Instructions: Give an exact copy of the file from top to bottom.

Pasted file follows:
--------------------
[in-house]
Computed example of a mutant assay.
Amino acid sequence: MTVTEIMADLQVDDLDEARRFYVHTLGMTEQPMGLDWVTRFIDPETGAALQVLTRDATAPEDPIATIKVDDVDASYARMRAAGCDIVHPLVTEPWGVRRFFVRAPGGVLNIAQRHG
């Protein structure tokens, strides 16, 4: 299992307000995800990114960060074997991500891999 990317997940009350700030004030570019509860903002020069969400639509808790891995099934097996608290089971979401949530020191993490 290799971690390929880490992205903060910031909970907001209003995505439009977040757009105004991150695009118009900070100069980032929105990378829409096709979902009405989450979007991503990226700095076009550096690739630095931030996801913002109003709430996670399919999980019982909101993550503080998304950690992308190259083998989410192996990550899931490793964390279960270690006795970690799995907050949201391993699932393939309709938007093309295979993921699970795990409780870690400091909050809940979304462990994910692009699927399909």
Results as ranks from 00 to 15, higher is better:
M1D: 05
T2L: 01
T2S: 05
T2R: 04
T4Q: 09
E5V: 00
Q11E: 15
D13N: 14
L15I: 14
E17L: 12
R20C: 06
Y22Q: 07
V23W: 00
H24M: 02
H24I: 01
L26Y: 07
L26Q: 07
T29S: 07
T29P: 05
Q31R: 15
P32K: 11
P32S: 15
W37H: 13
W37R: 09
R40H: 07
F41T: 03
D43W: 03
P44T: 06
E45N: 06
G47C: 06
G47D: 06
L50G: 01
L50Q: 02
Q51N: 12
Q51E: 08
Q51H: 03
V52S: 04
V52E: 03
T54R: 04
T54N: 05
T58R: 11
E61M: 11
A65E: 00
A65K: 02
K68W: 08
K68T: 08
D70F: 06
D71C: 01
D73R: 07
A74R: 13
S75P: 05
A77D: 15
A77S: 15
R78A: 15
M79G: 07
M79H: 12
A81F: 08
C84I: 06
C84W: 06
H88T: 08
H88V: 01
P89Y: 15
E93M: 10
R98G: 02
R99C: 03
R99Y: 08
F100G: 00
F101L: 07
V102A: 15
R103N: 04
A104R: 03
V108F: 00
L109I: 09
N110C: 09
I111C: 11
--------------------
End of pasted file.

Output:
[in-house]
Computed example of a mutant assay.
Amino acid sequence: MTVTEIMADLQVDDLDEARRFYVHTLGMTEQPMGLDWVTRFIDPETGAALQVLTRDATAPEDPIATIKVDDVDASYARMRAAGCDIVHPLVTEPWGVRRFFVRAPGGVLNIAQRHG
């Protein structure tokens, strides 16, 4: 299992307000995800990114960060074997991500891999 990317997940009350700030004030570019509860903002020069969400639509808790891995099934097996608290089971979401949530020191993490 290799971690390929880490992205903060910031909970907001209003995505439009977040757009105004991150695009118009900070100069980032929105990378829409096709979902009405989450979007991503990226700095076009550096690739630095931030996801913002109003709430996670399919999980019982909101993550503080998304950690992308190259083998989410192996990550899931490793964390279960270690006795970690799995907050949201391993699932393939309709938007093309295979993921699970795990409780870690400091909050809940979304462990994910692009699927399909």
Results as ranks from 00 to 15, higher is better:
M1D: 05
T2L: 01
T2S: 05
T2R: 04
T4Q: 09
E5V: 00
Q11E: 15
D13N: 14
L15I: 14
E17L: 12
R20C: 06
Y22Q: 07
V23W: 00
H24M: 02
H24I: 01
L26Y: 07
L26Q: 07
T29S: 07
T29P: 05
Q31R: 15
P32K: 11
P32S: 15
W37H: 13
W37R: 09
R40H: 07
F41T: 03
D43W: 03
P44T: 06
E45N: 06
G47C: 06
G47D: 06
L50G: 01
L50Q: 02
Q51N: 12
Q51E: 08
Q51H: 03
V52S: 04
V52E: 03
T54R: 04
T54N: 05
T58R: 11
E61M: 11
A65E: 00
A65K: 02
K68W: 08
K68T: 08
D70F: 06
D71C: 01
D73R: 07
A74R: 13
S75P: 05
A77D: 15
A77S: 15
R78A: 15
M79G: 07
M79H: 12
A81F: 08
C84I: 06
C84W: 06
H88T: 08
H88V: 01
P89Y: 15
E93M: 10
R98G: 02
R99C: 03
R99Y: 08
F100G: 00
F101L: 07
V102A: 15
R103N: 04
A104R: 03
V108F: 00
L109I: 09
N110C: 09
I111C: 11